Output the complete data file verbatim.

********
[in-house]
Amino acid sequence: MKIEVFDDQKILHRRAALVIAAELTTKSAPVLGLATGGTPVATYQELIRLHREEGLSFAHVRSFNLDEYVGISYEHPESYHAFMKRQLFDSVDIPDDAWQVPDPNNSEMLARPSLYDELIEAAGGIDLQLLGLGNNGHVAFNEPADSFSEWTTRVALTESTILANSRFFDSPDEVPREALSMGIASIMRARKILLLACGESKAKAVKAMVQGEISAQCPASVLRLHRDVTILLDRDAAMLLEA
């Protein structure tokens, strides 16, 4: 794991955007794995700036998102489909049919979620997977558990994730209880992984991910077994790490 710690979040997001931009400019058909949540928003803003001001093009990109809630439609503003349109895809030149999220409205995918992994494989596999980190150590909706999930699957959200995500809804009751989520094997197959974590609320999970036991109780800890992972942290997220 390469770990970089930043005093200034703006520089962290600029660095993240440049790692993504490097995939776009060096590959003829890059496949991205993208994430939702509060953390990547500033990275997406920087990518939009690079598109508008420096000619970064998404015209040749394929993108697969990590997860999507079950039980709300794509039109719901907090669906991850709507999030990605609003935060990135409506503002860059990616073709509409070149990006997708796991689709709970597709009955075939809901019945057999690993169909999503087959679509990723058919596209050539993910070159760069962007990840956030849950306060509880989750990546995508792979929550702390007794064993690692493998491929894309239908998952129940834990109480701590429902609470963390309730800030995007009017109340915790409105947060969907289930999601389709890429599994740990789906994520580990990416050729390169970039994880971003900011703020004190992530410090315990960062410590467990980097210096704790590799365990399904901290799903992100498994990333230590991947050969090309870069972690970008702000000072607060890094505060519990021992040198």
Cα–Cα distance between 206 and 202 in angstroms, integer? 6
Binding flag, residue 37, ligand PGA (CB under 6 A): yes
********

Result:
[in-house]
Amino acid sequence: MKIEVFDDQKILHRRAALVIAAELTTKSAPVLGLATGGTPVATYQELIRLHREEGLSFAHVRSFNLDEYVGISYEHPESYHAFMKRQLFDSVDIPDDAWQVPDPNNSEMLARPSLYDELIEAAGGIDLQLLGLGNNGHVAFNEPADSFSEWTTRVALTESTILANSRFFDSPDEVPREALSMGIASIMRARKILLLACGESKAKAVKAMVQGEISAQCPASVLRLHRDVTILLDRDAAMLLEA
């Protein structure tokens, strides 16, 4: 794991955007794995700036998102489909049919979620997977558990994730209880992984991910077994790490 710690979040997001931009400019058909949540928003803003001001093009990109809630439609503003349109895809030149999220409205995918992994494989596999980190150590909706999930699957959200995500809804009751989520094997197959974590609320999970036991109780800890992972942290997220 390469770990970089930043005093200034703006520089962290600029660095993240440049790692993504490097995939776009060096590959003829890059496949991205993208994430939702509060953390990547500033990275997406920087990518939009690079598109508008420096000619970064998404015209040749394929993108697969990590997860999507079950039980709300794509039109719901907090669906991850709507999030990605609003935060990135409506503002860059990616073709509409070149990006997708796991689709709970597709009955075939809901019945057999690993169909999503087959679509990723058919596209050539993910070159760069962007990840956030849950306060509880989750990546995508792979929550702390007794064993690692493998491929894309239908998952129940834990109480701590429902609470963390309730800030995007009017109340915790409105947060969907289930999601389709890429599994740990789906994520580990990416050729390169970039994880971003900011703020004190992530410090315990960062410590467990980097210096704790590799365990399904901290799903992100498994990333230590991947050969090309870069972690970008702000000072607060890094505060519990021992040198």
Cα–Cα distance between 206 and 202 in angstroms, integer? 6
Binding flag, residue 37, ligand PGA (CB under 6 A): yes